I’m not quite comfortable with that fireplace, amor,
or the smoke from all the books you’re burning.
I was working through the Dewey Decimals,
I’d kept a little eight two one.
You told me everything defined is lost
a soul’s reflection in a mirror.
I thought it best to undefine myself.
We need a chimenea.
I’ll remodel with the chainsaw.
The chainsaw roars, she says a little more
I cannot hear.
The latest robots dream of tail lights and freeways
in their sleep beside the road at night,
but nocturnal waves are rushing down
O’Connell Street, dressed
in moonlight foam and spray.
At President Avenue, the boiling flood
turns right, following the traffic signs,
seeking out the oceanic mother.
When their metal chassis sink into the bay,
the machines awaken briefly as they drown:
where darting fish investigate
the flashing indications.
My street’s a coastal wetland now,
the residents either human or amphibious,
and the homeless push their salt encrusted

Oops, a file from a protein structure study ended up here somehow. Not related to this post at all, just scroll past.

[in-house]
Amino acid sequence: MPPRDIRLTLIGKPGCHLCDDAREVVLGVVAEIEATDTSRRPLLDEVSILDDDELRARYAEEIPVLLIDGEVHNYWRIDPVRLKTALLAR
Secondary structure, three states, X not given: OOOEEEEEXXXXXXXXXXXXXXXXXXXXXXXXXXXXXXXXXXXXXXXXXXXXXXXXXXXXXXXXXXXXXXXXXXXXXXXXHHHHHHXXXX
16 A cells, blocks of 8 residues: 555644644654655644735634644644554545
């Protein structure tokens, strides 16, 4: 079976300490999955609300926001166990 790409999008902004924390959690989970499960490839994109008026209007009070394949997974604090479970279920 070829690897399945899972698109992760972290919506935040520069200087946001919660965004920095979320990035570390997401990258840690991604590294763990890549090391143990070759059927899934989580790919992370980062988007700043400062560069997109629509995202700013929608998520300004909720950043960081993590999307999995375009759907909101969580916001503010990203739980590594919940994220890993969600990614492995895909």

shopping carts along the sand,
scour the crumbling driftwood houses
for ingredients to prepare
a seafood bisque or spaghetti marinara.
It’s best to travel inland,
and asks if I will join her.
My reasoning comes from knowing
all of failure’s secrets.
Thinking is the breakfast of the baby bear,
exaggeration leads to logic
I say no, a word
a shade of peach,
and ask if she will leave alone.
She says yes,
indigo on my personal
Now she’s gone. I stay I wait and dream.
The maple in the yard is shedding.
Its leaves are shoals of angel fish
patterned peach and indigo,
carried windward to the sea.
- Goldilocks and the Three Bears (the goldilocks principle)
- O’Connell Street features in the o’connell street ocean as well. This particular O’Connell Street isn’t wonderfully noteworthy, it relates to my personal geography. It does get a mention in Michael Dransfield’s “Lines for a Friend, 1948-1965” (Collected Poems, University of Queensland Press, 1993):
You will not see again the way
the morning sun floods down O’Connell Street …
possible showers in the late afternoon (detail above)